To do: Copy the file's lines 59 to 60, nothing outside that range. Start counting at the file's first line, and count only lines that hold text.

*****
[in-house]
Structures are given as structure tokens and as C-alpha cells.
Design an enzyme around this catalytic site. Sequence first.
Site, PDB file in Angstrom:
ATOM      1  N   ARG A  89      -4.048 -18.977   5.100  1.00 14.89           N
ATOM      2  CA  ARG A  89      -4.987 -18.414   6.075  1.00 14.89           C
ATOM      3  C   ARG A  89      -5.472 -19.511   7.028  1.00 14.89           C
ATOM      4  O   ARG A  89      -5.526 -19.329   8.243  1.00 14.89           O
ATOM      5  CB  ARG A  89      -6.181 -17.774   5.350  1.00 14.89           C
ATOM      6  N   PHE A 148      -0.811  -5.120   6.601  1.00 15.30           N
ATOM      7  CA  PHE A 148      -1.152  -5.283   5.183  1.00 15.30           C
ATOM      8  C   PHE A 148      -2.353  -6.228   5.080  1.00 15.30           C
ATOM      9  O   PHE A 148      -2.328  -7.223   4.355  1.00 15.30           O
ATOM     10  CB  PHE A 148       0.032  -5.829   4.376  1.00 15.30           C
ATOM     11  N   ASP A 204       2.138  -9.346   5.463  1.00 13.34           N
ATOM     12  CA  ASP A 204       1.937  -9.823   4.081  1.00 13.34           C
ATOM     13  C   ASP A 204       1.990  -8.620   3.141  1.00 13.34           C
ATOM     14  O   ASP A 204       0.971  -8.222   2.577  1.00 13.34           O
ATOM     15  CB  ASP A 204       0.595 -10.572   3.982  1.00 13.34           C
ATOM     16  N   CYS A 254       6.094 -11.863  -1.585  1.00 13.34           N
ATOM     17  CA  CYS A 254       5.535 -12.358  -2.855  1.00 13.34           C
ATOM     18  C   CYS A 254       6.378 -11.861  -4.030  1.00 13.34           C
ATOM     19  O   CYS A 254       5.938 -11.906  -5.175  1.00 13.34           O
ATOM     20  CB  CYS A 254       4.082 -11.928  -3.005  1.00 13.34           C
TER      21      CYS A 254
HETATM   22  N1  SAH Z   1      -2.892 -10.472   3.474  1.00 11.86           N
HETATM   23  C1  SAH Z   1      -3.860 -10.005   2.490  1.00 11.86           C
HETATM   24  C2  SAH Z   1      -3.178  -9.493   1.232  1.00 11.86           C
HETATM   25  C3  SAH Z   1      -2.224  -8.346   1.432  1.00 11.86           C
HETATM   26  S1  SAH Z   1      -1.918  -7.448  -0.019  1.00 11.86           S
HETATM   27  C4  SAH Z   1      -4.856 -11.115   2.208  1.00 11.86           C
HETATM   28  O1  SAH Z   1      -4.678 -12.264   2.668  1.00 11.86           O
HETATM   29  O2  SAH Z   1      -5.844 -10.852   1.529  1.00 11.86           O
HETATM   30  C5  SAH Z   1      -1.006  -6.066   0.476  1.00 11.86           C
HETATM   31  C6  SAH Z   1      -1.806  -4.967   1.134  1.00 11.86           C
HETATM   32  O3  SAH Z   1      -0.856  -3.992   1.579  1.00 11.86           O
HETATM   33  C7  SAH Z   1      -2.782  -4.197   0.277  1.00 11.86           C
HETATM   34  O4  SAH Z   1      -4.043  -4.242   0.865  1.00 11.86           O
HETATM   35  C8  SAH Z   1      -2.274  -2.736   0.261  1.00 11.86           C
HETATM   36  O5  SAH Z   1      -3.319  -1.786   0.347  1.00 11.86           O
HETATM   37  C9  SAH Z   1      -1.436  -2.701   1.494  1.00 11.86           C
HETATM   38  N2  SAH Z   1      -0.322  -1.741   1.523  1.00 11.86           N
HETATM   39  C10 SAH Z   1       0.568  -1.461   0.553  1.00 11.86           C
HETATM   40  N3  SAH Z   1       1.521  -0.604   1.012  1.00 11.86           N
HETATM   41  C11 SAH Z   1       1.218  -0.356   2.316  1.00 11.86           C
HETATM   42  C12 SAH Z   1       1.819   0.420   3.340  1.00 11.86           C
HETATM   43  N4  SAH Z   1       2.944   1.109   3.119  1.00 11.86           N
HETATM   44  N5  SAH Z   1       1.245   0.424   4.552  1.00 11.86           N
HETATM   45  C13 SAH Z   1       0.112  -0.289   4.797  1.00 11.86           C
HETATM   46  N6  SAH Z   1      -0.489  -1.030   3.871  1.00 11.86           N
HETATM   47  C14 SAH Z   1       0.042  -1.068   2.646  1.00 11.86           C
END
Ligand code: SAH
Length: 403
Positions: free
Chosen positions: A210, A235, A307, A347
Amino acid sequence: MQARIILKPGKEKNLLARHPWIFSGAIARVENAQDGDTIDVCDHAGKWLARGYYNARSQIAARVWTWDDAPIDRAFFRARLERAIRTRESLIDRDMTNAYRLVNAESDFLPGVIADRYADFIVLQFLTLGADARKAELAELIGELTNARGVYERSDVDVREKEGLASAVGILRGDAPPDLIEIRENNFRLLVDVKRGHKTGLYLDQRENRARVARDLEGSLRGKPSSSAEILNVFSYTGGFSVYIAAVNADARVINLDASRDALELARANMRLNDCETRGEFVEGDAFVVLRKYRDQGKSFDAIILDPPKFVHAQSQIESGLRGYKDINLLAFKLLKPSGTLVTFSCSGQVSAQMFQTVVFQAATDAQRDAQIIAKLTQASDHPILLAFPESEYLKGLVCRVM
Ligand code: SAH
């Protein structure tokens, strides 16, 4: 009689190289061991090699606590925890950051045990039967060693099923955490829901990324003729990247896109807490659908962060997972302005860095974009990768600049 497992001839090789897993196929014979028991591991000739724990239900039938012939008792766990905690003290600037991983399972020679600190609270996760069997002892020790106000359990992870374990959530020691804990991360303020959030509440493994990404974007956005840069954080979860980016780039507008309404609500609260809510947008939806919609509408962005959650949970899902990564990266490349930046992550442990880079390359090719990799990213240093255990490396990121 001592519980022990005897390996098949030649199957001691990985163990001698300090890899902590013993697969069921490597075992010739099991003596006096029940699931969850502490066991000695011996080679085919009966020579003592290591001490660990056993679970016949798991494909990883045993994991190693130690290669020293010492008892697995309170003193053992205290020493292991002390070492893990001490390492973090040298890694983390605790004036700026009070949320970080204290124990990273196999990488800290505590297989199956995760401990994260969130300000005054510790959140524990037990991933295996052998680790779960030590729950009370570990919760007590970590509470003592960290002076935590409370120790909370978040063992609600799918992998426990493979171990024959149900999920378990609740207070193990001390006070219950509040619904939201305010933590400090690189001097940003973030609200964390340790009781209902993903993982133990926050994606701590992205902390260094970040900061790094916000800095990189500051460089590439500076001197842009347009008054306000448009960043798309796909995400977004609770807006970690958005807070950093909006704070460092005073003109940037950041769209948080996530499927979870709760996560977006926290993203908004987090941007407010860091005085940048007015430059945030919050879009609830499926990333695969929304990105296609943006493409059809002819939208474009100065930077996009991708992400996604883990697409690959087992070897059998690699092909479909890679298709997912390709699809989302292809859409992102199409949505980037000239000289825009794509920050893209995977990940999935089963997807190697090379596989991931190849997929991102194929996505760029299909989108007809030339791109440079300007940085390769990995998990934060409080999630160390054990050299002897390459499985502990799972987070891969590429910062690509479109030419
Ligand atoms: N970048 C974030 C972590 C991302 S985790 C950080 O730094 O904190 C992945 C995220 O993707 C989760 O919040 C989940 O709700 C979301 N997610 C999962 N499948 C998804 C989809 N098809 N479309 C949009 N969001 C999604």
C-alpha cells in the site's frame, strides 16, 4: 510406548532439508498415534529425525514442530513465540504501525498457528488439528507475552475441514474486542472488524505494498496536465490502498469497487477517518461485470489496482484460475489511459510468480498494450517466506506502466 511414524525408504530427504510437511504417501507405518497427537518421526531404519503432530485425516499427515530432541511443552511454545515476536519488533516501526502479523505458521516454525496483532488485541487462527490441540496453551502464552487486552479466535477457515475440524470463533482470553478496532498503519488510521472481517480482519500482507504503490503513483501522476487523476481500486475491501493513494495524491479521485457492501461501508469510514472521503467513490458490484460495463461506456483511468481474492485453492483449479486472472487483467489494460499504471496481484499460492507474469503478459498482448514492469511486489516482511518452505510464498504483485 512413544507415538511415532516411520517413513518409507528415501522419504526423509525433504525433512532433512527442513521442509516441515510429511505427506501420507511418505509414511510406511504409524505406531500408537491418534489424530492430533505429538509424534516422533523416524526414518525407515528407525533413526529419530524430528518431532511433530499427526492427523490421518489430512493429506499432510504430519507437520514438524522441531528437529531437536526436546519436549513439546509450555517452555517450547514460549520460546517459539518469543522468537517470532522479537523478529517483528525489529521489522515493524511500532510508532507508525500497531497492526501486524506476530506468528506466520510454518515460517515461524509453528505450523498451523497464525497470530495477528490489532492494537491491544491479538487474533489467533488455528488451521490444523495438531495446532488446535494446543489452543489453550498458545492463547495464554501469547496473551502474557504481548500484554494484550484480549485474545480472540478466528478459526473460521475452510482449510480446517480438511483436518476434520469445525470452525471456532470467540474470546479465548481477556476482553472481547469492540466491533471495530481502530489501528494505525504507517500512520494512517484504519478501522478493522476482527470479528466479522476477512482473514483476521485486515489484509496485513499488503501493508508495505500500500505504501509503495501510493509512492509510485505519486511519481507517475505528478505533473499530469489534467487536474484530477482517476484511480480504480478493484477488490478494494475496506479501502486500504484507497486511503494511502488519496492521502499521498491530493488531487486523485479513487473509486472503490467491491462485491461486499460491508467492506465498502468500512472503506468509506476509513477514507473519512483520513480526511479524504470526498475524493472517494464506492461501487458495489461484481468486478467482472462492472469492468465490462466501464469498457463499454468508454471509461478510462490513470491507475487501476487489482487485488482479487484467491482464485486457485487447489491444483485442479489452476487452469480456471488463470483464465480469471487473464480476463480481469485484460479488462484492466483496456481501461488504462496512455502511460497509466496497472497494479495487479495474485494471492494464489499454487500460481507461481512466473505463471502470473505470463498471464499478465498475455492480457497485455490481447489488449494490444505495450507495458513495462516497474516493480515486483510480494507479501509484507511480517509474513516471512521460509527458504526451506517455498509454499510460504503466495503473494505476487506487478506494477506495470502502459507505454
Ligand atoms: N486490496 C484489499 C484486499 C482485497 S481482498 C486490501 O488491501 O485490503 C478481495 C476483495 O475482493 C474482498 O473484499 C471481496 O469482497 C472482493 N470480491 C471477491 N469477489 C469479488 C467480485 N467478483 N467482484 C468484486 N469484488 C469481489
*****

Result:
């Protein structure tokens, strides 16, 4: 009689190289061991090699606590925890950051045990039967060693099923955490829901990324003729990247896109807490659908962060997972302005860095974009990768600049 497992001839090789897993196929014979028991591991000739724990239900039938012939008792766990905690003290600037991983399972020679600190609270996760069997002892020790106000359990992870374990959530020691804990991360303020959030509440493994990404974007956005840069954080979860980016780039507008309404609500609260809510947008939806919609509408962005959650949970899902990564990266490349930046992550442990880079390359090719990799990213240093255990490396990121 001592519980022990005897390996098949030649199957001691990985163990001698300090890899902590013993697969069921490597075992010739099991003596006096029940699931969850502490066991000695011996080679085919009966020579003592290591001490660990056993679970016949798991494909990883045993994991190693130690290669020293010492008892697995309170003193053992205290020493292991002390070492893990001490390492973090040298890694983390605790004036700026009070949320970080204290124990990273196999990488800290505590297989199956995760401990994260969130300000005054510790959140524990037990991933295996052998680790779960030590729950009370570990919760007590970590509470003592960290002076935590409370120790909370978040063992609600799918992998426990493979171990024959149900999920378990609740207070193990001390006070219950509040619904939201305010933590400090690189001097940003973030609200964390340790009781209902993903993982133990926050994606701590992205902390260094970040900061790094916000800095990189500051460089590439500076001197842009347009008054306000448009960043798309796909995400977004609770807006970690958005807070950093909006704070460092005073003109940037950041769209948080996530499927979870709760996560977006926290993203908004987090941007407010860091005085940048007015430059945030919050879009609830499926990333695969929304990105296609943006493409059809002819939208474009100065930077996009991708992400996604883990697409690959087992070897059998690699092909479909890679298709997912390709699809989302292809859409992102199409949505980037000239000289825009794509920050893209995977990940999935089963997807190697090379596989991931190849997929991102194929996505760029299909989108007809030339791109440079300007940085390769990995998990934060409080999630160390054990050299002897390459499985502990799972987070891969590429910062690509479109030419
Ligand atoms: N970048 C974030 C972590 C991302 S985790 C950080 O730094 O904190 C992945 C995220 O993707 C989760 O919040 C989940 O709700 C979301 N997610 C999962 N499948 C998804 C989809 N098809 N479309 C949009 N969001 C999604």